YEREVAN (RFE/RL)–Armenia is pressing ahead with an extremely ambitious project to build a railway linking it to neighboring Iran, Transport and Communications Minister Gurgen Sargsian said on Tuesday.
The governmen’s of the two countries have been discussing ways of implementing it but have yet to reach final agreemen’s. The lack of a rail link between them is seen as a major hindrance to the development of Armenian-Iranian commercial ties as well as the use of Iranian territory in Armenia’s transport communication with the outside world.
President Serzh Sarkisian announced earlier this month that work on the railway will get underway “in the coming months,” saying that this and other large-scale infrastructure projects are vital for Armenia’s economic development. But he said nothing about the likely cost of the construction and its sources of funding.
Sargsian likewise avoided commenting on these specifics, saying only that the project has reached “the phase of active studies” and that its implementation is a matter of time. He said the Armenian government is currently considering three potential routes of the Armenian section of the would-be railway.
“After choosing one of those variants we could switch to engineering design and cost calculation, which will make construction possible,” Sargsian told RFE/RL in an interview. In any case, he said, the railway will be approximately 400 kilometers long and will pass through Armenia’s mountainous Syunik region bordering Iran.
Citing Syunik’s difficult landscape, economic analysts say building the railway would cost Armenia at least $1 billion, a figure equivalent to about 40 percent of its state budget for this year. Some have wondered if the project is feasible at all.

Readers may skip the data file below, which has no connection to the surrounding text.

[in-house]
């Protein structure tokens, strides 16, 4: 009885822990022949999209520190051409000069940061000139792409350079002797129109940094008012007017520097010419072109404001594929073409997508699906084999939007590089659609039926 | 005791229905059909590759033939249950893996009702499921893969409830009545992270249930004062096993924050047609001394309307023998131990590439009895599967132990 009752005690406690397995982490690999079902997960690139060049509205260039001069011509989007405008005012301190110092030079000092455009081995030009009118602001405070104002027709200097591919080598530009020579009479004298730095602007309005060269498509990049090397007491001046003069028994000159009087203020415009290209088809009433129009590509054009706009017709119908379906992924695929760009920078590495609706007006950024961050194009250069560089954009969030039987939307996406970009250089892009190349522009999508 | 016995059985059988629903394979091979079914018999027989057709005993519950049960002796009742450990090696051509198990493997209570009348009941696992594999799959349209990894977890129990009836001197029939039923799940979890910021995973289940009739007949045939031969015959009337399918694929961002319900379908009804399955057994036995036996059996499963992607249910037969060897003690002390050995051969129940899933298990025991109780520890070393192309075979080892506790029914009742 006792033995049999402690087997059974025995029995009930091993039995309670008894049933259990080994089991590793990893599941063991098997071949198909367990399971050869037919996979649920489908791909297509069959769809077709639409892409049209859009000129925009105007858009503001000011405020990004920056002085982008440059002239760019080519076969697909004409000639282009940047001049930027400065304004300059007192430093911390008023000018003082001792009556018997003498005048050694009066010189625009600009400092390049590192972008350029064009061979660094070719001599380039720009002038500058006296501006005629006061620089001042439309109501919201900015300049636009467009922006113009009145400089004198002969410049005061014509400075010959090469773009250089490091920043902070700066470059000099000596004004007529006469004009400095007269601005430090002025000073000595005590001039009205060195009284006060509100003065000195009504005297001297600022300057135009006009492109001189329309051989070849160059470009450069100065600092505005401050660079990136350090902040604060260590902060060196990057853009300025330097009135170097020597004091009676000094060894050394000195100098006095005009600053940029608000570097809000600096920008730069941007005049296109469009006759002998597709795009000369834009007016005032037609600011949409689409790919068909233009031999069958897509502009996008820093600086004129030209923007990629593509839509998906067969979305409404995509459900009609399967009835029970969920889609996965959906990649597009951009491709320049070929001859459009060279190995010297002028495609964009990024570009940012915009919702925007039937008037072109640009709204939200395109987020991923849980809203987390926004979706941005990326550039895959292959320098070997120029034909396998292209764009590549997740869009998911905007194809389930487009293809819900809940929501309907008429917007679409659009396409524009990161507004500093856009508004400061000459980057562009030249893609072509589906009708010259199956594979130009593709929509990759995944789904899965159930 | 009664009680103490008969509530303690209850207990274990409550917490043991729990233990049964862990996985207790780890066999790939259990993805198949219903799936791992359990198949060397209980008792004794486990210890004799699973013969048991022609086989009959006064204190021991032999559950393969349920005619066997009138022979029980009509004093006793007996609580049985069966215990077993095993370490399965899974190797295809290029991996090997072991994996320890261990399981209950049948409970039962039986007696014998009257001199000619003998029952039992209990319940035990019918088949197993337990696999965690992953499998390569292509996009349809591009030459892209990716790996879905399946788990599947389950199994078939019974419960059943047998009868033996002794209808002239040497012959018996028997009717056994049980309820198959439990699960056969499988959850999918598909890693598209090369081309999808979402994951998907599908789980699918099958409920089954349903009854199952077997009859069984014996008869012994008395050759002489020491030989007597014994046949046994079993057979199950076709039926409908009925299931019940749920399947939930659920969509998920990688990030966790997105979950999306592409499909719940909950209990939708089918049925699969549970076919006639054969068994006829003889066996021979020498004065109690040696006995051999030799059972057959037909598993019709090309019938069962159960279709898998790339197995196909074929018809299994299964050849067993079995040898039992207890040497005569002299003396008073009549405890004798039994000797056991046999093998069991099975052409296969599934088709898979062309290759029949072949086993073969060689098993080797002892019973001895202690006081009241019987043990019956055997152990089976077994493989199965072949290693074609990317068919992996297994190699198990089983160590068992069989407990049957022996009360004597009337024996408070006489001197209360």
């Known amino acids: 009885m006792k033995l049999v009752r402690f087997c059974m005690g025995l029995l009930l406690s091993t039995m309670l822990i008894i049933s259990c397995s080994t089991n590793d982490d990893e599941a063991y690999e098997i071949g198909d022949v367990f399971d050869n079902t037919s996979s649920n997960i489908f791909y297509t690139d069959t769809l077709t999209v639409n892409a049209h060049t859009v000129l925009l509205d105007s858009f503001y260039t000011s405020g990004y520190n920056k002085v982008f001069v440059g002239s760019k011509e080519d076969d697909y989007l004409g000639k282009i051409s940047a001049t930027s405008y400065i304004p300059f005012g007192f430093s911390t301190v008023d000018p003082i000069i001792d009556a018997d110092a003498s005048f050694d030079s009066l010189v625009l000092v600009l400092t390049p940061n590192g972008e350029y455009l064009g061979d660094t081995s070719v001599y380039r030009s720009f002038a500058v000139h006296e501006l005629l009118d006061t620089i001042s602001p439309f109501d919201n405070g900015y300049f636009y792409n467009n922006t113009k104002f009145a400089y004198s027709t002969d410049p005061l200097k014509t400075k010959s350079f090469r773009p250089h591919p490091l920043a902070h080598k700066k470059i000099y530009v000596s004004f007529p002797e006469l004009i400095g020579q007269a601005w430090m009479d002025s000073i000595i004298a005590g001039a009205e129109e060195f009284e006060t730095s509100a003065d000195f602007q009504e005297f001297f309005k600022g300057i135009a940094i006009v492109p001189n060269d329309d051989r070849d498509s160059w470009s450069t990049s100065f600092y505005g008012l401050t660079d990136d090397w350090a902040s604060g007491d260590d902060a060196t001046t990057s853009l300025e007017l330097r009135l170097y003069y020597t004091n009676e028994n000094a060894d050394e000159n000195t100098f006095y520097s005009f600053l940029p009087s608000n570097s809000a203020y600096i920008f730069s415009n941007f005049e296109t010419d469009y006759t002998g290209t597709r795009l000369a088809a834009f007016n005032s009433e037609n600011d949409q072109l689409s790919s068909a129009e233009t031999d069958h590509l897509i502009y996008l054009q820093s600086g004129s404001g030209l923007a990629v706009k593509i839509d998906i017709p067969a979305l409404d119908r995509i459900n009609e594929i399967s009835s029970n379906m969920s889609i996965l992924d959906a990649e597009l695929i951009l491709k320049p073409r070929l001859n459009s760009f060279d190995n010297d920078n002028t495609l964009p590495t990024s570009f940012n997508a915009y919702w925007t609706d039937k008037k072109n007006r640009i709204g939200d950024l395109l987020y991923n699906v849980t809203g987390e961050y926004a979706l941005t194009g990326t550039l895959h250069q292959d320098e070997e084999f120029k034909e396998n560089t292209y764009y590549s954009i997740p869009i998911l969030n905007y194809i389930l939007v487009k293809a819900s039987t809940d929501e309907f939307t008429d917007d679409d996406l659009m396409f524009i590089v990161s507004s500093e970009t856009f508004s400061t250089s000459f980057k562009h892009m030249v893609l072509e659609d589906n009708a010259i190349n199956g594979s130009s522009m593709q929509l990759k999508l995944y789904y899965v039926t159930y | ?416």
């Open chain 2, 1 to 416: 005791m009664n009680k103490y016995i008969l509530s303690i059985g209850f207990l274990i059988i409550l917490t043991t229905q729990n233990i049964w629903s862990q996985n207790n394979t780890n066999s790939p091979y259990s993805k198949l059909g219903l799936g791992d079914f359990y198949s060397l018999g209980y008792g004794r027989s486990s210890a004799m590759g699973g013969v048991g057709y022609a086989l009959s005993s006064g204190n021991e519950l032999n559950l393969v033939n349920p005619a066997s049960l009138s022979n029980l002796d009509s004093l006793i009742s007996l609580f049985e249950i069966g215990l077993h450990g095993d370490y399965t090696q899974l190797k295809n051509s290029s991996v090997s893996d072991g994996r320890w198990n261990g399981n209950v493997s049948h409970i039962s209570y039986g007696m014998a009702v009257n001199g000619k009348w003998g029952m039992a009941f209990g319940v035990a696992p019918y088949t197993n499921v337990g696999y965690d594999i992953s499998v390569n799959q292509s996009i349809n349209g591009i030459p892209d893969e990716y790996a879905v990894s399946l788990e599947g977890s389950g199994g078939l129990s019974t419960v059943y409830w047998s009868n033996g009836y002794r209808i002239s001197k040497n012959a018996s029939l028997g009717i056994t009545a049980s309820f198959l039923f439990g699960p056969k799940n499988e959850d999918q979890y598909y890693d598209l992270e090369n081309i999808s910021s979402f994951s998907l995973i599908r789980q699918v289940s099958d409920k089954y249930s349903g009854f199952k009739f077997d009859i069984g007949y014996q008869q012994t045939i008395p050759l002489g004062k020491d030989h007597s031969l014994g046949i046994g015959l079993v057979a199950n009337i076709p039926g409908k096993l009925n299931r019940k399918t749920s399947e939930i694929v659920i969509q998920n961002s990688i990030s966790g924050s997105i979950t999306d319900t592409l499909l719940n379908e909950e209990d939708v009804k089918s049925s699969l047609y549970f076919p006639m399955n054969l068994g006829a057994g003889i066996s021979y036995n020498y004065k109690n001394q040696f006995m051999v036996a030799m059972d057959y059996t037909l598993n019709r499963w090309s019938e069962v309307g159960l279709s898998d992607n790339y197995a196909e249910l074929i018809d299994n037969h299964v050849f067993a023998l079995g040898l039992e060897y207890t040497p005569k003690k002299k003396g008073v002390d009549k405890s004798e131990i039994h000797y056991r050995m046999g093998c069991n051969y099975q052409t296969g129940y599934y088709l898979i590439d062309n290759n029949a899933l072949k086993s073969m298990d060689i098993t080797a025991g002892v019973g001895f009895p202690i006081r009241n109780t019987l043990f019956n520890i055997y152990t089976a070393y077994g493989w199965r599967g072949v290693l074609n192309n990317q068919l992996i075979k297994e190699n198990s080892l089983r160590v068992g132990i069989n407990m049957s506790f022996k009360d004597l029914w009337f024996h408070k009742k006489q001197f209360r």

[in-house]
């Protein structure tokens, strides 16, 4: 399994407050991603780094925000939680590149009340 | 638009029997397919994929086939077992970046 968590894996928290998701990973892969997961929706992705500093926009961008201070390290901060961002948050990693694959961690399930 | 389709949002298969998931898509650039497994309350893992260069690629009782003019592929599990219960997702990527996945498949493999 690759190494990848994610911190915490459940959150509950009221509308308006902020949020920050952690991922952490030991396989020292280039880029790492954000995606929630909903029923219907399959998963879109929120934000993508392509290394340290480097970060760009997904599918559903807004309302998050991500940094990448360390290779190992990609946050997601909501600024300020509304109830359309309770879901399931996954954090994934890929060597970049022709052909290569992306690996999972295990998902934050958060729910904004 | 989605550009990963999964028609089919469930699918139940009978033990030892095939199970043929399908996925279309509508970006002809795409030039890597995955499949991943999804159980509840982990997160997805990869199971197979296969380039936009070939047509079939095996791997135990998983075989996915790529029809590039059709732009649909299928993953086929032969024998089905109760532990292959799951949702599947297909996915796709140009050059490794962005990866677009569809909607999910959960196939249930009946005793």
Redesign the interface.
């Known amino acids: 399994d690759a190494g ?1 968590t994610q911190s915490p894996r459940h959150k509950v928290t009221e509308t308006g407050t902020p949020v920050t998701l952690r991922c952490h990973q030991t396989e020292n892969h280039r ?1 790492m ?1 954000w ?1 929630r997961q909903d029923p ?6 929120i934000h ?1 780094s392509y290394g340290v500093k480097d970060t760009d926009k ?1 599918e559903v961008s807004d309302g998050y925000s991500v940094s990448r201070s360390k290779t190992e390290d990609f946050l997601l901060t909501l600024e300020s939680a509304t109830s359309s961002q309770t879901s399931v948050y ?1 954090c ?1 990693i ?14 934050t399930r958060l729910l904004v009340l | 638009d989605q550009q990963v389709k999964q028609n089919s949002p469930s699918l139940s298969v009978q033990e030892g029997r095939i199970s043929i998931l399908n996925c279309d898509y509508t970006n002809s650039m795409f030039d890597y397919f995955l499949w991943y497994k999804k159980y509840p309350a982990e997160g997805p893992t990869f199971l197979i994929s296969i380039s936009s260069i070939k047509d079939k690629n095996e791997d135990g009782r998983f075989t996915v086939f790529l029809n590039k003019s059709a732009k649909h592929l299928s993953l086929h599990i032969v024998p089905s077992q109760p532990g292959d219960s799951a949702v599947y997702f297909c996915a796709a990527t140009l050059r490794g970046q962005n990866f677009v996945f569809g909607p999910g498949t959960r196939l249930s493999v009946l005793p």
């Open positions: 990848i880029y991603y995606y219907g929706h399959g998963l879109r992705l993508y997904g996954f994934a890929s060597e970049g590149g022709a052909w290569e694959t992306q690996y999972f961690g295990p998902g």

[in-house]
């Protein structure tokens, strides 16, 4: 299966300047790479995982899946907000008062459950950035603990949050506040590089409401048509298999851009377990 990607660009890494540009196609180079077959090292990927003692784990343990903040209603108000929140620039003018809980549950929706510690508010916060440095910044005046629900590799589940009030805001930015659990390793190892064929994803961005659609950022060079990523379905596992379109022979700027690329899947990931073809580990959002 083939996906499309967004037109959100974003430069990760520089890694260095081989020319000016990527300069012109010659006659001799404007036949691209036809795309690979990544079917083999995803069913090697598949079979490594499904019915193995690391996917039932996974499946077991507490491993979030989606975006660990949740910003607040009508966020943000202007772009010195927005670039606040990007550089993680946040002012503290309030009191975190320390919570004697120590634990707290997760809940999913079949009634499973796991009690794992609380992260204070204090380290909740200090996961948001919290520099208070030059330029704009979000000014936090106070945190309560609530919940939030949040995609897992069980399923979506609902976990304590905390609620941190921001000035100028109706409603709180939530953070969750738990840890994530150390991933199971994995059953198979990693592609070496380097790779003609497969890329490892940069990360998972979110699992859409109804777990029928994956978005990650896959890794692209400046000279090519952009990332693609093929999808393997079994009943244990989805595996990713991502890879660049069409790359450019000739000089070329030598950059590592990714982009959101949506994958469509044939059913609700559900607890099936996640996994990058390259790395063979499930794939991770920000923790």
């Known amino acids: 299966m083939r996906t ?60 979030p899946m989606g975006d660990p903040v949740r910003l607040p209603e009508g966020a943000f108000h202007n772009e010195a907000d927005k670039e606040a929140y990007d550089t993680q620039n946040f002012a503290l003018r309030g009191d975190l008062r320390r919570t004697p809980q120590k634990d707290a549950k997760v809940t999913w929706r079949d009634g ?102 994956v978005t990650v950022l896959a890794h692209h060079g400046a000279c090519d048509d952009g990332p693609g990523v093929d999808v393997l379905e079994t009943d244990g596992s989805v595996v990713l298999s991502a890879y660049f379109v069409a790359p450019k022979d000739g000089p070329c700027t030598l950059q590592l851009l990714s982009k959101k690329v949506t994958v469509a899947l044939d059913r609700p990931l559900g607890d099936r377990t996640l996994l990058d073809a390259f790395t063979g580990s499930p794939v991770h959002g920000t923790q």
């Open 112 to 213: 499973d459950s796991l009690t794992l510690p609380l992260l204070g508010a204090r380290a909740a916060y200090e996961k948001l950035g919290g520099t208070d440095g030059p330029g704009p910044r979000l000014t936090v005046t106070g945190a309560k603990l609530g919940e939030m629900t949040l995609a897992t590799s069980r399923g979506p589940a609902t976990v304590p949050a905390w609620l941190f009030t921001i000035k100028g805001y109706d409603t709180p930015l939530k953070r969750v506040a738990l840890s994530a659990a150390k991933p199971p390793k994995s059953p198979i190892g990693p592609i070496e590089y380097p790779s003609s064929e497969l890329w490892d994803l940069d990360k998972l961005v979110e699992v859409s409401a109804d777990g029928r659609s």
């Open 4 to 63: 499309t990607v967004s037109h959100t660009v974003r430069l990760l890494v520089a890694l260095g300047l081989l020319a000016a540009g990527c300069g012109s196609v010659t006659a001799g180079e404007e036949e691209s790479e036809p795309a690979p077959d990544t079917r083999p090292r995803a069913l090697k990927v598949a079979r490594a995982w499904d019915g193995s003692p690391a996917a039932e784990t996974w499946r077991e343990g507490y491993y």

“We can not come up with concrete estimates today because they would be meaningless without feasibility study documen’s,” said Sargsian. “But obviously it will be an expensive project. In terms of funding, we have a number of options.”
In his words, one such option is to set up a consortium with Iran and Russia, whose state-run rail company took over long-term management of Armenia’s entire rail network earlier this year. The minister added that international finance institutions such as the World Bank and the European Bank for Reconstruction and Development have also expressed interest in partly financing the Iran-Armenia railway.
Armenia’s rail communication with the rest of the world was disrupted in the early 1990s with the outbreak of the conflicts in Nagorno-Karabakh and Abkhazia and the resulting closure of its border with Turkey. The landlocked country has since been able to ship and receive rail cars laden with cargos only through the relatively expensive rail-ferry services operating between Georgian and other Black Sea ports.
In related news, Armenia has not begun imports of natural gas from Iran yet despite claims to the contrary made by Iranian officials, an official in Yerevan said on Monday.
Rasoul Salmani, a top executive at the National Iranian Gas Company (NIGC), was reported to say last week that it will start pumping gas through a newly built pipeline to Armenia on October 13. He said the Armenian side is already supplying electricity to Iran in payment for the gas deliveries.
Lusine Harutiunian, a spokeswoman for the Armenian Energy Ministry, denied this and said natural gas supplied by Russia via Georgia fully meets Armenia’s needs. “So there is no need to import additional gas,” Harutiunian told RFE/RL. She could not say when Iranian gas supplies could start.
Russian gas imports to Armenia totaled just over 2 billion cubic meters last year and are expected to stay at the same level this year. Officials have said the pipeline from Iran will have the capacity to pump at least 2.3 billion cubic meters per annum. With the Russian supplies meeting Armenia’s needs, the Yerevan authorities have always intended to convert Iranian gas into electricity that will be exported to the Islamic Republic.
President Serzh Sarkisian announced the completion of the pipeline’s second and final Armenian section in a wide-ranging foreign policy speech in early September. He touted it as a ground-breaking development that will significantly boost his country’s energy security.
“Thank God, the gas pipeline has already been built, and we can receive gas from the Islamic Republic of Iran as early as tomorrow,” Sarkisian said. “Work on enhancing the capacity of that pipeline will likely end in late October or early November.”
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